Much has been made about Nintendo’s recent efforts to effectively handhold players through its games. There has also been as much made about how Nintendo games never used to be that way. However, gamers tend to have selective memories, because Nintendo began this type of philosophy with a specific genre of game: the RPG. But unlike today’s interactive and lengthy tutorials, the Nintendo of yesterday, unsure about how Westerners would take to console RPGs, decided to include a partial or even complete walkthrough with every Nintendo-published release.

When looking at the earliest examples of this practice, it’s easy to see why. Dragon Warrior, one of the first releases to do this, did not have the most obvious objectives. Talking to people gave you a vague idea of what to do, but you were largely left to stumble through the game, hoping you’re going to the right place at the right time. Luckily for us, the instruction manual also served as a full walkthrough of the entire game, often with complete maps. Many console RPGs were as vague as Dragon Warrior, so this mandate made a lot of sense at the time, especially since the Internet was not in the picture for gamers back then.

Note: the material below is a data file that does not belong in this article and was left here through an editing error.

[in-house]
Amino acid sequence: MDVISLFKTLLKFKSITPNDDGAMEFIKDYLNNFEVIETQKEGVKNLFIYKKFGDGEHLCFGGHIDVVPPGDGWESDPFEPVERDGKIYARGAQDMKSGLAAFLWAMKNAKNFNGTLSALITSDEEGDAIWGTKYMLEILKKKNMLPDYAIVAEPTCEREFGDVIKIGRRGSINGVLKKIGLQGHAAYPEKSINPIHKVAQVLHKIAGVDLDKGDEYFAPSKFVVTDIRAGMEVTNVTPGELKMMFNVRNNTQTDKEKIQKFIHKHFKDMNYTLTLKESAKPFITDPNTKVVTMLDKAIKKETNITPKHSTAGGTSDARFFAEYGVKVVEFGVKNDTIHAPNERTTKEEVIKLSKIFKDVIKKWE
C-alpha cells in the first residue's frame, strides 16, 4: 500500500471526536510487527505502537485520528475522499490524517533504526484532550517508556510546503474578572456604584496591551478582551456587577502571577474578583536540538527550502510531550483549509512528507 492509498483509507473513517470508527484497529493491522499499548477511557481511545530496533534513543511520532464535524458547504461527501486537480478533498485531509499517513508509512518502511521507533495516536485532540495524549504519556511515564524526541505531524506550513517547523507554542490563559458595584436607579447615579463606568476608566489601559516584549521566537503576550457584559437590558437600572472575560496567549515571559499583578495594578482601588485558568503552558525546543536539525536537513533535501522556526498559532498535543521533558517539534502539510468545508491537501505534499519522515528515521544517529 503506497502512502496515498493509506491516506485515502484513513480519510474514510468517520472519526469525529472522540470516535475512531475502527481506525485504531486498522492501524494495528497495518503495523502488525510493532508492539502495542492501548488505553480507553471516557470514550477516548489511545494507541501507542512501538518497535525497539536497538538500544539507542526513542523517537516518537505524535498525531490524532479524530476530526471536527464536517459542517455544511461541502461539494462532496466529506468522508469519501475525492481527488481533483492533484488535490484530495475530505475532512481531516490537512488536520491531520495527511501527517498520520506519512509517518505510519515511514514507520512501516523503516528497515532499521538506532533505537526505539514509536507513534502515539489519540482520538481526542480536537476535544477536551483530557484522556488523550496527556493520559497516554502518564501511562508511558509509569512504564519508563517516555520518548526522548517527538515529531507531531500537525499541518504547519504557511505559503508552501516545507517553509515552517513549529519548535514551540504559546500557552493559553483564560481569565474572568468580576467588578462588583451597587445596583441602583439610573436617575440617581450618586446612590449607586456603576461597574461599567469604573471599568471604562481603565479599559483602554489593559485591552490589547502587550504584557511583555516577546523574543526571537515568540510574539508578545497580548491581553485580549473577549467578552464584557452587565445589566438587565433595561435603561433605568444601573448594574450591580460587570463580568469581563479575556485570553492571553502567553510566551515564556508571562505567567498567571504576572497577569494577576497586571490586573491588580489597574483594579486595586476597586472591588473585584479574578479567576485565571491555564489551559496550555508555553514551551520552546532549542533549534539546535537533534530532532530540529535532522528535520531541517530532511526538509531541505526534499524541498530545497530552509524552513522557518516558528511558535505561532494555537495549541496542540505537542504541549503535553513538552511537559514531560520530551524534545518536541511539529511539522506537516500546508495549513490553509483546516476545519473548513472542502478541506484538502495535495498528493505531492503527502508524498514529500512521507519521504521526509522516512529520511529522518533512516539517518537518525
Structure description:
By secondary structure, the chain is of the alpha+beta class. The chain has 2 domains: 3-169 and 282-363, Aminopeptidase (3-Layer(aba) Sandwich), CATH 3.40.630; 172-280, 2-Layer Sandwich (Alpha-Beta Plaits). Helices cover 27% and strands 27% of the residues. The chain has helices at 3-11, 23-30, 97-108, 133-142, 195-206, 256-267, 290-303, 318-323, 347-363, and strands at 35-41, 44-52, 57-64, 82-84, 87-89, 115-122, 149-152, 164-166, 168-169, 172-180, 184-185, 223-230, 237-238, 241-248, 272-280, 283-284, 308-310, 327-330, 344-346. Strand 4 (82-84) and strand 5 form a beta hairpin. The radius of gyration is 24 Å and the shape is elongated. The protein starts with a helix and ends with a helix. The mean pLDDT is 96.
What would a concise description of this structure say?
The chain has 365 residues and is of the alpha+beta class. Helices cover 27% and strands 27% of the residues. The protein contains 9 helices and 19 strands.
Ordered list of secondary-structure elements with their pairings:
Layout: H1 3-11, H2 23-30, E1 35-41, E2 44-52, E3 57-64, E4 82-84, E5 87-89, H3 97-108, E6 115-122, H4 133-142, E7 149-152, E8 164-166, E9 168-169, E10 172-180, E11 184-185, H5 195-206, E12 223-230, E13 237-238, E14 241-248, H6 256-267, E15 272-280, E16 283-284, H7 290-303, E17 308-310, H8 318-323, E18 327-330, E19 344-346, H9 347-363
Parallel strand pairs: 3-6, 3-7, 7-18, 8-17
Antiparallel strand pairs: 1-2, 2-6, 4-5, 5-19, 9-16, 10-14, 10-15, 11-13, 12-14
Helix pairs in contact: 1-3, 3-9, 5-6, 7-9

However, this practice continued even into the SNES era, where designers had gotten a bit better at communicating information to the player. And even then, the games which saw the manual walkthrough treatment didn’t always make sense, like Illusion of Gaia. As seen before, the back of the manual, which was then being billed as the “Nintendo Power Explorer’s Handbook”, had a walkthrough of the entire game. The problem was that Illusion of Gaia is largely a linear game with no numerical underpinnings to worry about. It was, in a word, unnecessary. That coupled with a rising awareness of gamers’ RPG savvy meant that walkthroughs would soon be banished from manuals. Just as the SNES was wrapping up, so was this policy.

It’s still hard to argue that manual walkthroughs didn’t play a role in bringing console RPGs to the masses. They gave publishers less anxiety about bringing out games that required exploration and strategy. They provided us with a hint in a time before GameFAQs. And even though we didn’t always need them, they were often our first exposure to the concept of walkthroughs.

If you're curious, you can view Illusion of Gaia's full manual at here.